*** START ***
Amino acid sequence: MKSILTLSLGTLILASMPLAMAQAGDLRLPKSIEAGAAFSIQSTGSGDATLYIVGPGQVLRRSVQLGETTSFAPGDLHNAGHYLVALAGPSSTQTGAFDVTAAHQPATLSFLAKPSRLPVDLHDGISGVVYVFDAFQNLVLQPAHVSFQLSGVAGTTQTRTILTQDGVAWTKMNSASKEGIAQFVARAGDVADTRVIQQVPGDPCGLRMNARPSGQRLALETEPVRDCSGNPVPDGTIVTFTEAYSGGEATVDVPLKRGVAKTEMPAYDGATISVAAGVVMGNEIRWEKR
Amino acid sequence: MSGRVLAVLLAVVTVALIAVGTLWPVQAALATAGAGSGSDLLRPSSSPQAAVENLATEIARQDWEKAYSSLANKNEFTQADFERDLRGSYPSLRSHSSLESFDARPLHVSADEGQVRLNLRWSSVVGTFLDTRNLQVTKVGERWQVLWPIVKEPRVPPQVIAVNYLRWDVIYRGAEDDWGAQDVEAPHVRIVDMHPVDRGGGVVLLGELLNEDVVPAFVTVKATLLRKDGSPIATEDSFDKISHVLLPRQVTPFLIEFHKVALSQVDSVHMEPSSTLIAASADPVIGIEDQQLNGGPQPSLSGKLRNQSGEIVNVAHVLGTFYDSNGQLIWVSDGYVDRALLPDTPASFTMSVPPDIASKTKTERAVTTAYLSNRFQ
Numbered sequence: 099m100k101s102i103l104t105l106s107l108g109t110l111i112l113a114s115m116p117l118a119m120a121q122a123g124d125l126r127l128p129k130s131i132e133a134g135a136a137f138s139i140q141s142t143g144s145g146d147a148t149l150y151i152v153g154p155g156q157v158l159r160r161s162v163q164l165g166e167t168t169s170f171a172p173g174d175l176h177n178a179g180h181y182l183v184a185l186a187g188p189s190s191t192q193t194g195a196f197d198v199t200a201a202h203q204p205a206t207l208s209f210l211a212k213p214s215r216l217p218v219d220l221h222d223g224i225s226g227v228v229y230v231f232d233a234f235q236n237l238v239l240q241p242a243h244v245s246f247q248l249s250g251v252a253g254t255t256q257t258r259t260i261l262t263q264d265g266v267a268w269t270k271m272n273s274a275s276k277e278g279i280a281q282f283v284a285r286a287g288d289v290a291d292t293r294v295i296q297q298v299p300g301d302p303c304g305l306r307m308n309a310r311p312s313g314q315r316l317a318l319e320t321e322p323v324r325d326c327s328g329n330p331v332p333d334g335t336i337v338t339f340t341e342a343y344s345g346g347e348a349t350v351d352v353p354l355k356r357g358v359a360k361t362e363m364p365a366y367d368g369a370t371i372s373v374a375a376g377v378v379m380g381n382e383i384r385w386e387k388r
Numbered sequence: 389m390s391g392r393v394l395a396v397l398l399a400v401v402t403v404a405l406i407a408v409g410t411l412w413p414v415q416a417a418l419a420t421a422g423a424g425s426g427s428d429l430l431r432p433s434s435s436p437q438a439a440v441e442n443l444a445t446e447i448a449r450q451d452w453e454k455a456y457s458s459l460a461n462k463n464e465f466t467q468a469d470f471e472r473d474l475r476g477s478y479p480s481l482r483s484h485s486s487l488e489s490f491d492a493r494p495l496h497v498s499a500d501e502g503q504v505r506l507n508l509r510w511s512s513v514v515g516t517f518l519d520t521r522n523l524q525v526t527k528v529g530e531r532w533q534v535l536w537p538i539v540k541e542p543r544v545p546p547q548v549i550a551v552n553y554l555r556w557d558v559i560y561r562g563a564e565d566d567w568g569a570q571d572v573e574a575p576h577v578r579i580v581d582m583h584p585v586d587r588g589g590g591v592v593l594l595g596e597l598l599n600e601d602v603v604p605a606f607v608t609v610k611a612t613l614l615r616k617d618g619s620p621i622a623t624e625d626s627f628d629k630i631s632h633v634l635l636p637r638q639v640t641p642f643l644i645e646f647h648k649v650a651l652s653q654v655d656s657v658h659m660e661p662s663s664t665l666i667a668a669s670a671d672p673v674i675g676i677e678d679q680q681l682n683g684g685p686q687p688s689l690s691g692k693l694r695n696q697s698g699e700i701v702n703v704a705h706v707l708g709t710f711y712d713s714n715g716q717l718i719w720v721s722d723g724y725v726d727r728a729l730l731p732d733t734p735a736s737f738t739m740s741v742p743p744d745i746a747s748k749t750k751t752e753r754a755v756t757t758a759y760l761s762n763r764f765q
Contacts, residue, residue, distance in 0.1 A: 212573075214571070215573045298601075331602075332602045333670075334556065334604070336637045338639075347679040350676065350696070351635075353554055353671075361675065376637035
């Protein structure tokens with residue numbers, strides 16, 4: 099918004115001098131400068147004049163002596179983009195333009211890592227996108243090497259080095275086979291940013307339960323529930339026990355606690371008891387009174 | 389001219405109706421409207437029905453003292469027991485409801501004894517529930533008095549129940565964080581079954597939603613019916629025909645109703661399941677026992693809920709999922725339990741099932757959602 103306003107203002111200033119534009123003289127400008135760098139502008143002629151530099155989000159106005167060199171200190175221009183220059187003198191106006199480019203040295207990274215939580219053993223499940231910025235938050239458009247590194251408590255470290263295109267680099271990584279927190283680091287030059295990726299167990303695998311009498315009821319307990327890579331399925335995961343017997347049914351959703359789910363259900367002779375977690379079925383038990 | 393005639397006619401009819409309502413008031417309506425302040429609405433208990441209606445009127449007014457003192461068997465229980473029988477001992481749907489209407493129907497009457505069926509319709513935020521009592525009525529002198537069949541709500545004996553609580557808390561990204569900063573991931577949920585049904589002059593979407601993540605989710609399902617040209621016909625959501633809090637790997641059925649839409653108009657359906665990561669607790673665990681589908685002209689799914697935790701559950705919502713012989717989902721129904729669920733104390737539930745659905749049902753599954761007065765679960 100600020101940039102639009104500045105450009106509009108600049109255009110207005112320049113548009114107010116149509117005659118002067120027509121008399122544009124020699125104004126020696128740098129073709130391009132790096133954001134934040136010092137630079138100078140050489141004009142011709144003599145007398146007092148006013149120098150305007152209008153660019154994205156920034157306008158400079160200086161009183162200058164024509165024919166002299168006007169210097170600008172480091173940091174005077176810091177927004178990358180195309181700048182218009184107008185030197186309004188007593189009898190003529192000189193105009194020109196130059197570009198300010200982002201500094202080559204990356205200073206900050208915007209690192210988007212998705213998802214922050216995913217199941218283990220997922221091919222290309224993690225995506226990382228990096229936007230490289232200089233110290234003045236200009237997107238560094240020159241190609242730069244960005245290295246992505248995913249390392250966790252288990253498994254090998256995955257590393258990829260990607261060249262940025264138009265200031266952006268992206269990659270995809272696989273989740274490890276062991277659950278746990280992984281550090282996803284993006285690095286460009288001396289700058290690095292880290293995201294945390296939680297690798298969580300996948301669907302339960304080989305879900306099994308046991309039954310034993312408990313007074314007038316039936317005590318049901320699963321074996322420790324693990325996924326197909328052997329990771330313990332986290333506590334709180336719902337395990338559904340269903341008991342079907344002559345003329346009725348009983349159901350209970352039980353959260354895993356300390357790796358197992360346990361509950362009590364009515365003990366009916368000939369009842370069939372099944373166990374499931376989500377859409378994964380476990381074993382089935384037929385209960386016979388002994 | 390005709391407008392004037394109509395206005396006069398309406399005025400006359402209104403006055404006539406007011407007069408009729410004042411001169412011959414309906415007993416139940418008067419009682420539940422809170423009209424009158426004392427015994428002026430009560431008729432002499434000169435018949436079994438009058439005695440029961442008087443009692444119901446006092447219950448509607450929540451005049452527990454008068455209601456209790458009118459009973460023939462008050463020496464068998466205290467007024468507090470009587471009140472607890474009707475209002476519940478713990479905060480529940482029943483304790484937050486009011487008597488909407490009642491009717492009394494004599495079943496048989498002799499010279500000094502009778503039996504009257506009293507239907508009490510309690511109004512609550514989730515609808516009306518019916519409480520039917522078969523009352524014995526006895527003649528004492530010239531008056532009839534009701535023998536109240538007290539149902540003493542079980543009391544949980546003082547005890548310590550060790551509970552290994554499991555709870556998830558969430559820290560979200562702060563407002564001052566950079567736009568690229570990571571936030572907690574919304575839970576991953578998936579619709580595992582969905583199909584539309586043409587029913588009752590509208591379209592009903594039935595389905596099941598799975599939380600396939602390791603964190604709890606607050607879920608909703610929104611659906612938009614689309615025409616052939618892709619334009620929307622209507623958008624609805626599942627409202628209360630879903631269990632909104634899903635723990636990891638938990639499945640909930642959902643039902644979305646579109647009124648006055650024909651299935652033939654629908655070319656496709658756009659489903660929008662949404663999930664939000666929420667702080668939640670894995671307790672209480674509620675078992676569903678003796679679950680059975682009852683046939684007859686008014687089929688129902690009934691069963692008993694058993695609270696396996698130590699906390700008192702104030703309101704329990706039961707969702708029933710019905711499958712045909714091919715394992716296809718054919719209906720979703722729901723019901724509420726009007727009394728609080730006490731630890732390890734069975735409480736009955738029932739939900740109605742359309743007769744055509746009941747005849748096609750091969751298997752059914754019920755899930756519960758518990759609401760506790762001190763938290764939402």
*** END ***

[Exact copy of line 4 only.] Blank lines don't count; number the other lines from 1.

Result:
Numbered sequence: 389m390s391g392r393v394l395a396v397l398l399a400v401v402t403v404a405l406i407a408v409g410t411l412w413p414v415q416a417a418l419a420t421a422g423a424g425s426g427s428d429l430l431r432p433s434s435s436p437q438a439a440v441e442n443l444a445t446e447i448a449r450q451d452w453e454k455a456y457s458s459l460a461n462k463n464e465f466t467q468a469d470f471e472r473d474l475r476g477s478y479p480s481l482r483s484h485s486s487l488e489s490f491d492a493r494p495l496h497v498s499a500d501e502g503q504v505r506l507n508l509r510w511s512s513v514v515g516t517f518l519d520t521r522n523l524q525v526t527k528v529g530e531r532w533q534v535l536w537p538i539v540k541e542p543r544v545p546p547q548v549i550a551v552n553y554l555r556w557d558v559i560y561r562g563a564e565d566d567w568g569a570q571d572v573e574a575p576h577v578r579i580v581d582m583h584p585v586d587r588g589g590g591v592v593l594l595g596e597l598l599n600e601d602v603v604p605a606f607v608t609v610k611a612t613l614l615r616k617d618g619s620p621i622a623t624e625d626s627f628d629k630i631s632h633v634l635l636p637r638q639v640t641p642f643l644i645e646f647h648k649v650a651l652s653q654v655d656s657v658h659m660e661p662s663s664t665l666i667a668a669s670a671d672p673v674i675g676i677e678d679q680q681l682n683g684g685p686q687p688s689l690s691g692k693l694r695n696q697s698g699e700i701v702n703v704a705h706v707l708g709t710f711y712d713s714n715g716q717l718i719w720v721s722d723g724y725v726d727r728a729l730l731p732d733t734p735a736s737f738t739m740s741v742p743p744d745i746a747s748k749t750k751t752e753r754a755v756t757t758a759y760l761s762n763r764f765q